Small List of Gigantic Books for Summer Reading!

Though I haven't formally been associated with an academic institution for a while now I personally like to continue observing the university notion of "summer" which starts sometime in May shortly after (or arguably shortly before) graduation. Being that it is "summer" now I've decided first to ease up a bit on the writing. Rather than weekly in-depth posts you can expect a post every other week (though I may experiment with more 'ad hoc' posts like this one).

Of course the only good reason to write less is to read more! I've never been very good at 'beach' reading so instead I tend to take a vacation from what I normally study to study something else. If your idea of summer fun is to pick up a textbook that will likely take the entire summer to work through here are some suggestions!

The Feynman Lectures on Physics

This is my pick for this year! I've spent much of my recent free time studying integration and measure theory but decided I needed a diversion from that. I'm currently on vol. 1 lecture 15 and it's difficult to overstate how amazing these lectures are. I have a long list of great technical books I've read over the years and this series is in a class of its own. Not only are they deep and rich but quite self-contained mathematically. Even if you never learned calculus or linear algebra Feynman teaches these ideas in context, making them seem obvious solutions to a problem. Best of all is that Feynman provides profound insights into how to think about the world quantitatively.

An online version is available free and there's always the print version (my older edition has wonderfully large margins for notes!)

Probability Theory: The Logic of Science

This is the only book from the blog's reading list that I'm adding. If Probability is your diversion then this is, as nearly always mentioned here, an amazing book. Even better is that I just came across a series of lectures on youtube walking through the chapters!

Jaynes is probably the most radical of the Bayesian thinkers, and he's also a fantastic writer. This book is incredibly dense but very hard to put down. Even if you are already fairly familiar with Bayesian analysis this book will likely expand your view on what probability means and how it should be used.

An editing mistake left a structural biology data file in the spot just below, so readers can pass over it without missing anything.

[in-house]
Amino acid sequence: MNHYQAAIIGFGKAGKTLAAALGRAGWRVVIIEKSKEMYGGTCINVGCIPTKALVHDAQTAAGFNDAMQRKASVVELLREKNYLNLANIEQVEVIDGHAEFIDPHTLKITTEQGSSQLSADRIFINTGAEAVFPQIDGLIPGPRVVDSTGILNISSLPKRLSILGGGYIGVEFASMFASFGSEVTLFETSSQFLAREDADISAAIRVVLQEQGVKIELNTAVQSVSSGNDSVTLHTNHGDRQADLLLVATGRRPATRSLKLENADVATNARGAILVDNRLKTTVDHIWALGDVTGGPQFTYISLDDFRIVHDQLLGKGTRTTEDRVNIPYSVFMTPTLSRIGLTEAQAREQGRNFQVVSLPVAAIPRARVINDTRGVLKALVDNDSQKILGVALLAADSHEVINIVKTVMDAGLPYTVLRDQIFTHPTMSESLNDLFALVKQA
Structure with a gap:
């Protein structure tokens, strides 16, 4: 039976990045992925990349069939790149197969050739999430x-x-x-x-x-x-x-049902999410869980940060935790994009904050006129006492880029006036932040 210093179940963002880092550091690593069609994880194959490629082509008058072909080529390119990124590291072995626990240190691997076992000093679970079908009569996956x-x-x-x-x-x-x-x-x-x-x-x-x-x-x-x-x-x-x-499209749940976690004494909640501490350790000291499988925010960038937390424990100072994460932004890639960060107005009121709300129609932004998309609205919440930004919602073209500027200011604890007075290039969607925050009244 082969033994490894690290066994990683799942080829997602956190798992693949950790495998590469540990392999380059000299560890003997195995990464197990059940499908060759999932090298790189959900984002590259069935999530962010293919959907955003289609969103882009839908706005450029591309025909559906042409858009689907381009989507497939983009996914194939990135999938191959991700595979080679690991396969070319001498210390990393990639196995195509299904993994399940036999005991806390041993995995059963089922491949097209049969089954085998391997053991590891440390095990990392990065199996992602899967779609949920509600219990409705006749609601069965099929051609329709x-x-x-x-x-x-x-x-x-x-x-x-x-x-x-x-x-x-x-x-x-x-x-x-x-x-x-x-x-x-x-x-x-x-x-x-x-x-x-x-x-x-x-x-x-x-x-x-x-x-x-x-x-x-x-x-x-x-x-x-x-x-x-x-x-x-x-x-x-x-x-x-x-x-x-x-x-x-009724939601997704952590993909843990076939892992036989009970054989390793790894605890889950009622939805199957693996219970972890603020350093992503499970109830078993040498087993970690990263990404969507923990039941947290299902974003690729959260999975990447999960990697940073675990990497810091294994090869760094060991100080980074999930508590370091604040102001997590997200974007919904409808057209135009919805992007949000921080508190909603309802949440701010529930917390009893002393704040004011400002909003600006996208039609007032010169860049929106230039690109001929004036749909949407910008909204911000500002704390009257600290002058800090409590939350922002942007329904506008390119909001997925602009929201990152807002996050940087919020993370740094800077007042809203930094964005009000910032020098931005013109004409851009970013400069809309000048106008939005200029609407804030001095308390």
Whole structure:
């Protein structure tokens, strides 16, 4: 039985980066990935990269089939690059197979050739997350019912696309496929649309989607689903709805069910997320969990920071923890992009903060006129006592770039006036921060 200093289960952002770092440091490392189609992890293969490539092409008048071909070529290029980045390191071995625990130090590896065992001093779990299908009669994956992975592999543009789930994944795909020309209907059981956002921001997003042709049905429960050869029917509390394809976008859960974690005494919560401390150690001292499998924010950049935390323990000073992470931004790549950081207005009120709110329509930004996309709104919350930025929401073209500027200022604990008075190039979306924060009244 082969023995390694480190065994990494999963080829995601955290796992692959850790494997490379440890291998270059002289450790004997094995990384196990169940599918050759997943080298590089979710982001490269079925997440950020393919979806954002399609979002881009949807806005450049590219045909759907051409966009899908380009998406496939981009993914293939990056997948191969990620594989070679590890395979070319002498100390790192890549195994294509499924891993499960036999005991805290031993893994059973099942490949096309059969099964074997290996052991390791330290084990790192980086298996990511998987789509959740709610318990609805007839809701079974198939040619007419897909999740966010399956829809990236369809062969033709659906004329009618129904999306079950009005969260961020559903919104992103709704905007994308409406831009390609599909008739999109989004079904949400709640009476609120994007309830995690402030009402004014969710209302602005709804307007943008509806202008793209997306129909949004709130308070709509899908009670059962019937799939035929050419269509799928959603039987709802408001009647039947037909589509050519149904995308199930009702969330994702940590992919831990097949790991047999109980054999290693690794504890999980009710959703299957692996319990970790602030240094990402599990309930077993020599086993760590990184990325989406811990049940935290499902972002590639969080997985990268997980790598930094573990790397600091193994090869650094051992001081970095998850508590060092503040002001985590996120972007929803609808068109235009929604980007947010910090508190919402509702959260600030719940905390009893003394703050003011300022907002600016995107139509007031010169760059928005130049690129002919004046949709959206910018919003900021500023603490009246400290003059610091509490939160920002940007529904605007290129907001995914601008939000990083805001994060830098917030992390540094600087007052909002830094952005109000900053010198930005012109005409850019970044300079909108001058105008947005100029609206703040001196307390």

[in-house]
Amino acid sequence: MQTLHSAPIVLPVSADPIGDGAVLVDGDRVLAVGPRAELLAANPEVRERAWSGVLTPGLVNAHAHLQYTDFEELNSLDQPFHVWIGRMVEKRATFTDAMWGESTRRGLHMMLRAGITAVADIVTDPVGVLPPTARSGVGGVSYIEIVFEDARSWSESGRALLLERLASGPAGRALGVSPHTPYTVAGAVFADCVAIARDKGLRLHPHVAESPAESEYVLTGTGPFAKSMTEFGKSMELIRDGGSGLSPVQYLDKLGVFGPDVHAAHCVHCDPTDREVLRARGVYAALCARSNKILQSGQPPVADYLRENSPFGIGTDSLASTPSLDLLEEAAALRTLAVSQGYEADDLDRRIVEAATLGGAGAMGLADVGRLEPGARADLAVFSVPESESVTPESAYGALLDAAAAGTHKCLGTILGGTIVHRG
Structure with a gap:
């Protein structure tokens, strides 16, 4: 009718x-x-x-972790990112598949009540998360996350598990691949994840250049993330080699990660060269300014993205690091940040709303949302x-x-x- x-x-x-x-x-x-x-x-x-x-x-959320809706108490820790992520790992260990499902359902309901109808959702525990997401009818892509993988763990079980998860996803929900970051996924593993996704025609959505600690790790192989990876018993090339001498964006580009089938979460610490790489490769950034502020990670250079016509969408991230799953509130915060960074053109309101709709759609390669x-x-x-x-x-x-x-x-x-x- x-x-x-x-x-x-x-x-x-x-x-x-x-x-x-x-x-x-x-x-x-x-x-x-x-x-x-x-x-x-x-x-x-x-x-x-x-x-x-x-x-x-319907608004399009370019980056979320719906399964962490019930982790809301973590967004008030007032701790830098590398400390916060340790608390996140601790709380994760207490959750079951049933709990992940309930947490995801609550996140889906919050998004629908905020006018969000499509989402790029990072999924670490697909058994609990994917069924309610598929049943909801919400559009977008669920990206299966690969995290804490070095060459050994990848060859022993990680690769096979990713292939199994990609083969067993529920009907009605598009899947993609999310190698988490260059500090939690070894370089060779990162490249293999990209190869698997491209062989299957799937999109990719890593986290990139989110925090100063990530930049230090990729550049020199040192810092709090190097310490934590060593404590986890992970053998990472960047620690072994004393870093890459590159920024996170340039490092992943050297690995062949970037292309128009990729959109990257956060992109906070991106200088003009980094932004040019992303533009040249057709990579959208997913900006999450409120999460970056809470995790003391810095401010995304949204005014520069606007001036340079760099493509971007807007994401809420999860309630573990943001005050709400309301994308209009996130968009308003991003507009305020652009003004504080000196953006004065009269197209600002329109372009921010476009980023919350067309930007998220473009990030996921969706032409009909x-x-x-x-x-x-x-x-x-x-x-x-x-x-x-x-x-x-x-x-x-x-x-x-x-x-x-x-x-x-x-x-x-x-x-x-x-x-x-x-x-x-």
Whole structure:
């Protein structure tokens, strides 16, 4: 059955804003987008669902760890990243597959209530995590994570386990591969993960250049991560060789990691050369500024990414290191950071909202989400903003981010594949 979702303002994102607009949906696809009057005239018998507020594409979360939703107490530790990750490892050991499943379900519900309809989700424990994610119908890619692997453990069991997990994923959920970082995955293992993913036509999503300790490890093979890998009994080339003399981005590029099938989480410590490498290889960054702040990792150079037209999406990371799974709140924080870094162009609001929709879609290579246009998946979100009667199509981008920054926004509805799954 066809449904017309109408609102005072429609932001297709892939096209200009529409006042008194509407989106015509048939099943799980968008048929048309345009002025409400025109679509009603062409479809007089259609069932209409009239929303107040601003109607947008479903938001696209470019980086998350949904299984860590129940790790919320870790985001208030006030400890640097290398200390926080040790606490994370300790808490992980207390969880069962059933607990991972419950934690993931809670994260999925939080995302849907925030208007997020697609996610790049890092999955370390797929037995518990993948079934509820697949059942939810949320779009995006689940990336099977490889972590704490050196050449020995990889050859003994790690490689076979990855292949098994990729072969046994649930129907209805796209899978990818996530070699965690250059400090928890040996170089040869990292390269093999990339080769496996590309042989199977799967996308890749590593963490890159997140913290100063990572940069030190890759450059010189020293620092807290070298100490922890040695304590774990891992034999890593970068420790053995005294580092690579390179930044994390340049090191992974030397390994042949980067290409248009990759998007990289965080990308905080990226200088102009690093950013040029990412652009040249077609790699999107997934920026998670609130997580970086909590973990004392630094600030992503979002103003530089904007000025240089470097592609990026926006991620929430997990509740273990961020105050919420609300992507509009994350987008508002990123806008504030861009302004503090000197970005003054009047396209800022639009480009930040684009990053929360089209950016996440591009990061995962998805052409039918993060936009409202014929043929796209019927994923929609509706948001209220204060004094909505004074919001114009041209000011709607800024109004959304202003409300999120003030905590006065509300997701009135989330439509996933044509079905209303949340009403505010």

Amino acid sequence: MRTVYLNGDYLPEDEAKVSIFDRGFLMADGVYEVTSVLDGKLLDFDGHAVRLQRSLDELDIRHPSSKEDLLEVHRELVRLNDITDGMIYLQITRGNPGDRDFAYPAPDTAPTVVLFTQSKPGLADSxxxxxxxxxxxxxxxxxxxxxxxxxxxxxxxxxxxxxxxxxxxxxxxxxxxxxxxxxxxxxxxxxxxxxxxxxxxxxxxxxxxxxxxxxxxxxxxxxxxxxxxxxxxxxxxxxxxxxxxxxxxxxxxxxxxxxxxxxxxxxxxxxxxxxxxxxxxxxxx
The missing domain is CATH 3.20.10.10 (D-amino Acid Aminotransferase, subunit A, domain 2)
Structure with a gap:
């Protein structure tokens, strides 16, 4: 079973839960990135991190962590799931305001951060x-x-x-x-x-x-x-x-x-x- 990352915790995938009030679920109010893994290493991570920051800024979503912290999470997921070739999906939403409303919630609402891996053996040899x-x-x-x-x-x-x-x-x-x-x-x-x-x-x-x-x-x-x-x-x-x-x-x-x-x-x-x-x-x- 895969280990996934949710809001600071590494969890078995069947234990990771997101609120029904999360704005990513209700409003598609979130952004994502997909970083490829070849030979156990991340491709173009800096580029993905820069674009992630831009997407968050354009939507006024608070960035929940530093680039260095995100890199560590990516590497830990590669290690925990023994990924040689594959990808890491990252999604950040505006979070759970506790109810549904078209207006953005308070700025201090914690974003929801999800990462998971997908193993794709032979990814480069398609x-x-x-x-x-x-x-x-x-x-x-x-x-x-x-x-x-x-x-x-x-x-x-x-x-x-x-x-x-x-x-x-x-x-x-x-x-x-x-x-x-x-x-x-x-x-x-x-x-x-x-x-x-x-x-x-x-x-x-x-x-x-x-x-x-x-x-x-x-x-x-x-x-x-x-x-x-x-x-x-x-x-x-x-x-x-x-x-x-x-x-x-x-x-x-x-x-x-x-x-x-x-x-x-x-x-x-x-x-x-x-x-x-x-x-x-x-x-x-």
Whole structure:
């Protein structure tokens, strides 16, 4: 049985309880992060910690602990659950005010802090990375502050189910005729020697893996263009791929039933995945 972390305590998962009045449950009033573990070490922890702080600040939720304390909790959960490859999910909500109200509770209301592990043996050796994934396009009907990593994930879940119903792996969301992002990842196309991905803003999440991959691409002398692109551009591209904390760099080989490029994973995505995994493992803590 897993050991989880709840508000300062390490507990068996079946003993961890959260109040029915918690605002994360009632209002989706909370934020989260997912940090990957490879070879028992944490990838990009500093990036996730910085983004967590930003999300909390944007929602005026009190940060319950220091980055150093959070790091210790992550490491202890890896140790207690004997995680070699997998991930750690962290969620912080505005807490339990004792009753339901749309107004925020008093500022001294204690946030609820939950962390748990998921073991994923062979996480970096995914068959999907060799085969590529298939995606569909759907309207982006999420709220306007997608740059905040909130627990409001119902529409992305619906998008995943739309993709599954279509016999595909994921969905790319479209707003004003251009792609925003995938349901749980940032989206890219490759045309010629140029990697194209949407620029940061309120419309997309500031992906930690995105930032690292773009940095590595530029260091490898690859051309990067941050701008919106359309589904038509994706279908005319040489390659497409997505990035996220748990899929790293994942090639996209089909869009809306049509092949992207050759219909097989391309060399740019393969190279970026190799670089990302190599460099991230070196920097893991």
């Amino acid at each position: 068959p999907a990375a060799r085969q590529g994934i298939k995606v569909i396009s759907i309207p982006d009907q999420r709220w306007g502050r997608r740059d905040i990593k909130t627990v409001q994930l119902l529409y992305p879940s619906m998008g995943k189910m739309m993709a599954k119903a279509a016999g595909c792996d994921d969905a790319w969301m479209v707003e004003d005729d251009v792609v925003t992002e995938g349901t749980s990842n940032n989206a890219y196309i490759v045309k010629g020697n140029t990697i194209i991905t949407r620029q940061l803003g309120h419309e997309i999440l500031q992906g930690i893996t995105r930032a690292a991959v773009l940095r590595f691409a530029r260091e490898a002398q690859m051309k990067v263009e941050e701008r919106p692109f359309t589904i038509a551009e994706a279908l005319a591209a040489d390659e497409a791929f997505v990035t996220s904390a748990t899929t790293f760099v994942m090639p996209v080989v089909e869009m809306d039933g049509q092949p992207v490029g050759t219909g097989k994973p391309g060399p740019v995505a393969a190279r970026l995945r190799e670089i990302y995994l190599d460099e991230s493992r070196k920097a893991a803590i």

An earlier edition of the book is available freely online and here's the print.

Structure and Interpretation of Computer Programs

For readers of this blog without a strong background in computation this is probably the best single book to get you caught up. In many ways this book is for Computer Science what the Feynman Lectures are for Physics.  Both books claim to be "introductory" texts and are easily marveled at by experts in their fields. Getting through this book, with or without the exercises, is quite a challenge. It is not so much because of its difficulty but its density and the passionate curiosity of the book's authors. A few pages and a footnote could easily lead the reader on a month long tangent. Thankfully there is also a series of lectures from the authors to help guide you through this work.

The book is written in Scheme (a dialect of Lisp) which many first-time readers find a bit off-putting. I personally feel this is a great strength of the book as Scheme is a beautiful language for abstracting computation. The more pragmatically minded should be aware that under the hood the R programming language shares much in common with Lisps. So learning Scheme well will only help you write better real world code for statistical problems.

Like the other recommendations, there is a free version of the text online, and also a wonderful print edition.

Summer Reading or Lifetime Reading?

These books are also frequently mentioned on lists of "books everybody recommends but nobody reads", and I always find this a bit unfair. Reading any of these books cover to cover will give you a profound overview of a field, but a close reading of a single chapter (or sometimes even page) could provide intellectual fuel for years. These books are straight from Borges' Library of Babel in that they are seemingly infinite. No matter how much time you spent on these books I doubt anyone would ever feel "done" with them. So along with recommending these books to be read, I also strongly recommend reading them however you like. But spending an entire summer with one is not a bad place to start!

Feel free to leave any personal book recommendations in the comments!

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